Herbie has an undeniable charm and it's easy to see why this was such a big hit. It follows the basic Disney formula for successful comedies, but has a freshness that makes it feel new. Of the Disney films made in the 1960's, this one represents the unique qualities of the era the best. Optional titles included ThunderBug, The Magic Volksy, and Beetlebomb before they decided on The Love Bug. Dean Jones plays another character in the film, the memorable hippy at the drive-in. Eight different bugs were used to play Herbie, each built to perform different tricks. In pre-production, Herbie was going to be red, but was switched to pearl white. The iconic scene with Herbie skipping across the pond was shot at Disney's Golden Oak Ranch. To promote the film, Disneyland had a Love Bug day, where guests would bring their Beetles to the park dressed up for a parade. Dean Jones presenting the winner with an award. The number 53 came from Bill Walsh's favorite baseball player, Don Drysdale of the LA Dodgers.

The Love Bug has inspired more follow-up projects than any other live-action Disney film property. Four direct sequels were made: Herbie Rides Again in 1974, Herbie Goes to Monte Carlo in 1977, Herbie Goes Bananas in 1980, and Herbie Fully Loaded in 2005. In 1982, Disney attempted a TV series starring Dean Jones that only laster 5 episode on CBS called Herbie: The Love Bug. In 1997 Disney made a TV movie also called The Love Bug, a modern take on the story loosly inspired by the original film that also had a Dean Jones cameo. In 1999, Walt Disney World opened the All Star Movies resort, which features a Love Bug wing.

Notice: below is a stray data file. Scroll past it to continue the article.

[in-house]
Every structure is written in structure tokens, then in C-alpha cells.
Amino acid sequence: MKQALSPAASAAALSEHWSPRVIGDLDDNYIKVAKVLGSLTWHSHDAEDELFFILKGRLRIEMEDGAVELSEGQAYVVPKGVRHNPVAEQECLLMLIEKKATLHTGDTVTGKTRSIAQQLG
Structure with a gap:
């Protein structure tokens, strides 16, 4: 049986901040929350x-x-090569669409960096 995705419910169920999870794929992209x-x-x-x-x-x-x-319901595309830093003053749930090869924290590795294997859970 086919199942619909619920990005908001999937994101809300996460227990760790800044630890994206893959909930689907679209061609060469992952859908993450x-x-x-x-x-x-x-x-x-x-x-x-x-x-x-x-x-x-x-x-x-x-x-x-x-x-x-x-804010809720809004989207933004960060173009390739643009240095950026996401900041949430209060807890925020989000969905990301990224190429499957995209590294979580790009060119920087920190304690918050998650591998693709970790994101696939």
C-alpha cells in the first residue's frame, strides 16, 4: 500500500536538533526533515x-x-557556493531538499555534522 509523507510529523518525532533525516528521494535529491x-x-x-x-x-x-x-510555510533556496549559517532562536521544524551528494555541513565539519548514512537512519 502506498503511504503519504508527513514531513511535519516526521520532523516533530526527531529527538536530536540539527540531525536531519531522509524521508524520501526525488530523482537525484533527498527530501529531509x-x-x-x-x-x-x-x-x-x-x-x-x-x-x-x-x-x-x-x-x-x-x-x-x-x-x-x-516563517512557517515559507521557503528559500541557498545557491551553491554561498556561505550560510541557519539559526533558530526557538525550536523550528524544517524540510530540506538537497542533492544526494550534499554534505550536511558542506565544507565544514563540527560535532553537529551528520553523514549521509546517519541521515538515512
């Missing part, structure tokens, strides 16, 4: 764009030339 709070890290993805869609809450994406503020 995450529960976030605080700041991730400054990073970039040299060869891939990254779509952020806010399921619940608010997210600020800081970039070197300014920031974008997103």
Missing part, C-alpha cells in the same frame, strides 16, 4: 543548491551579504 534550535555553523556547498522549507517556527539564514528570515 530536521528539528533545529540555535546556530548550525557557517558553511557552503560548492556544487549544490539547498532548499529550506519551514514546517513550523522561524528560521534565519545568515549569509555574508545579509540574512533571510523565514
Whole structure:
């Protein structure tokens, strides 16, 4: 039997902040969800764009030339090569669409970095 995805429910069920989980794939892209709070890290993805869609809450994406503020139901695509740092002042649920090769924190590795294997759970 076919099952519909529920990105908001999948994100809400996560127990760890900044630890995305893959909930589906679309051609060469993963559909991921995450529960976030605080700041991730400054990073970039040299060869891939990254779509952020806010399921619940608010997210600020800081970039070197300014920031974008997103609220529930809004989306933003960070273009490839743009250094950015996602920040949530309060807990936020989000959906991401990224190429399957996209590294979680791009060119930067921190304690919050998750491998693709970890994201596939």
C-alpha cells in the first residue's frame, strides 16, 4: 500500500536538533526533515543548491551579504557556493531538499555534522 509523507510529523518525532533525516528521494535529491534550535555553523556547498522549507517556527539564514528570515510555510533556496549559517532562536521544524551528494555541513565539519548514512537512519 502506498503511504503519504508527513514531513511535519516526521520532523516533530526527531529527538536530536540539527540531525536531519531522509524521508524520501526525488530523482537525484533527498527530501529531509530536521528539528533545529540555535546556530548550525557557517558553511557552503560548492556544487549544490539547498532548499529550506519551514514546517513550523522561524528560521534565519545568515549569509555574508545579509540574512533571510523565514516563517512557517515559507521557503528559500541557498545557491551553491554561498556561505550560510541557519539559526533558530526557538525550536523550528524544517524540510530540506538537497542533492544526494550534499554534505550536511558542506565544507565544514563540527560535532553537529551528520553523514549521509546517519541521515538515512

The Love Bug is currently available on DVD in a 2-disc set, which includes a making-of feature, commentary, and vintage promotional material. The film is presented in widescreen with a decent restoration and while it doesn't advertise it as such, this is a Vault Disney DVD release. The film is also available in a 4-movie collection paired with the first 3 sequels, but you lose the second disc and therefore most of the bonus features. It is also available on iTunes, where it can be purchased in HD, but without bonus features.






Thursday, November 7, 2013

The Horse in the Gray Flannel Suit - 1968

After Walt Disney's death in 1966, the studio still had a few films in production and pre-production to get them through the next couple of years. These films would still be marketed the same as when he was alive, with "Walt Disney Presents" above the title. The first film marketed a different way, with "Walt Disney Productions Presents" was The Horse in the Gray Flannel Suit, based on the book The Year of the Horse by Eric Hatch.